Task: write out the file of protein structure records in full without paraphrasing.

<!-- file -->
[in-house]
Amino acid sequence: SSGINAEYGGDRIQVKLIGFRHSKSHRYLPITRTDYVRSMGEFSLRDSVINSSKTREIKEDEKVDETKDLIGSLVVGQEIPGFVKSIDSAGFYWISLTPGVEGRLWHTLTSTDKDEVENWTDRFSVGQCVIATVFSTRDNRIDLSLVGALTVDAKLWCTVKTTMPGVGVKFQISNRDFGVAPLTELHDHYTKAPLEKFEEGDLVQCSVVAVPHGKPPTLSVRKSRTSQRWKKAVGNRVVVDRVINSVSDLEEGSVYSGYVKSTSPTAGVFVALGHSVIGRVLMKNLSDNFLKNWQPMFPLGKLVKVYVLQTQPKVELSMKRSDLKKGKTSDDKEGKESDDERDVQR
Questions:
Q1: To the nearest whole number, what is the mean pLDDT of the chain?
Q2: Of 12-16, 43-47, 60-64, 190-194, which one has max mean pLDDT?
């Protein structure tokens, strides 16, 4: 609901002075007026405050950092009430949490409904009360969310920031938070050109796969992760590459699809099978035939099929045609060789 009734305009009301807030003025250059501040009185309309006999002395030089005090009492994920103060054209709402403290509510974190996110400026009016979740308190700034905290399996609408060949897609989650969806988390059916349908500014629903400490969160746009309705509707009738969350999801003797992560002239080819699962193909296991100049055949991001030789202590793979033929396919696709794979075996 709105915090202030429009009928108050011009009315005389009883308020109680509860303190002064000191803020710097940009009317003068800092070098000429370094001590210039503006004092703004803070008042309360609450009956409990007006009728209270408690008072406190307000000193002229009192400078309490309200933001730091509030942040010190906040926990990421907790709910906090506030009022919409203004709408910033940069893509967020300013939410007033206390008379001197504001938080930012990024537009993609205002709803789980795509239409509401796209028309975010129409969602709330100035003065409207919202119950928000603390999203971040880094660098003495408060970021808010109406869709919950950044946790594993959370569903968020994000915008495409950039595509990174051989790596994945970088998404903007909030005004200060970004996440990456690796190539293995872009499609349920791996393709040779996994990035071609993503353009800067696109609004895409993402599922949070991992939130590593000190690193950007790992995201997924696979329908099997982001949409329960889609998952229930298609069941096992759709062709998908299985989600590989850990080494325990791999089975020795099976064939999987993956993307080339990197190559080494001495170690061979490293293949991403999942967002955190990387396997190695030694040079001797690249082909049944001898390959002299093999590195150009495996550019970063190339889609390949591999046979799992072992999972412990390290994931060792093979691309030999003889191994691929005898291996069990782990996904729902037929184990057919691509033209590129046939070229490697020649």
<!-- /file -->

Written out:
[in-house]
Amino acid sequence: SSGINAEYGGDRIQVKLIGFRHSKSHRYLPITRTDYVRSMGEFSLRDSVINSSKTREIKEDEKVDETKDLIGSLVVGQEIPGFVKSIDSAGFYWISLTPGVEGRLWHTLTSTDKDEVENWTDRFSVGQCVIATVFSTRDNRIDLSLVGALTVDAKLWCTVKTTMPGVGVKFQISNRDFGVAPLTELHDHYTKAPLEKFEEGDLVQCSVVAVPHGKPPTLSVRKSRTSQRWKKAVGNRVVVDRVINSVSDLEEGSVYSGYVKSTSPTAGVFVALGHSVIGRVLMKNLSDNFLKNWQPMFPLGKLVKVYVLQTQPKVELSMKRSDLKKGKTSDDKEGKESDDERDVQR
Questions:
Q1: To the nearest whole number, what is the mean pLDDT of the chain?
Q2: Of 12-16, 43-47, 60-64, 190-194, which one has max mean pLDDT?
């Protein structure tokens, strides 16, 4: 609901002075007026405050950092009430949490409904009360969310920031938070050109796969992760590459699809099978035939099929045609060789 009734305009009301807030003025250059501040009185309309006999002395030089005090009492994920103060054209709402403290509510974190996110400026009016979740308190700034905290399996609408060949897609989650969806988390059916349908500014629903400490969160746009309705509707009738969350999801003797992560002239080819699962193909296991100049055949991001030789202590793979033929396919696709794979075996 709105915090202030429009009928108050011009009315005389009883308020109680509860303190002064000191803020710097940009009317003068800092070098000429370094001590210039503006004092703004803070008042309360609450009956409990007006009728209270408690008072406190307000000193002229009192400078309490309200933001730091509030942040010190906040926990990421907790709910906090506030009022919409203004709408910033940069893509967020300013939410007033206390008379001197504001938080930012990024537009993609205002709803789980795509239409509401796209028309975010129409969602709330100035003065409207919202119950928000603390999203971040880094660098003495408060970021808010109406869709919950950044946790594993959370569903968020994000915008495409950039595509990174051989790596994945970088998404903007909030005004200060970004996440990456690796190539293995872009499609349920791996393709040779996994990035071609993503353009800067696109609004895409993402599922949070991992939130590593000190690193950007790992995201997924696979329908099997982001949409329960889609998952229930298609069941096992759709062709998908299985989600590989850990080494325990791999089975020795099976064939999987993956993307080339990197190559080494001495170690061979490293293949991403999942967002955190990387396997190695030694040079001797690249082909049944001898390959002299093999590195150009495996550019970063190339889609390949591999046979799992072992999972412990390290994931060792093979691309030999003889191994691929005898291996069990782990996904729902037929184990057919691509033209590129046939070229490697020649």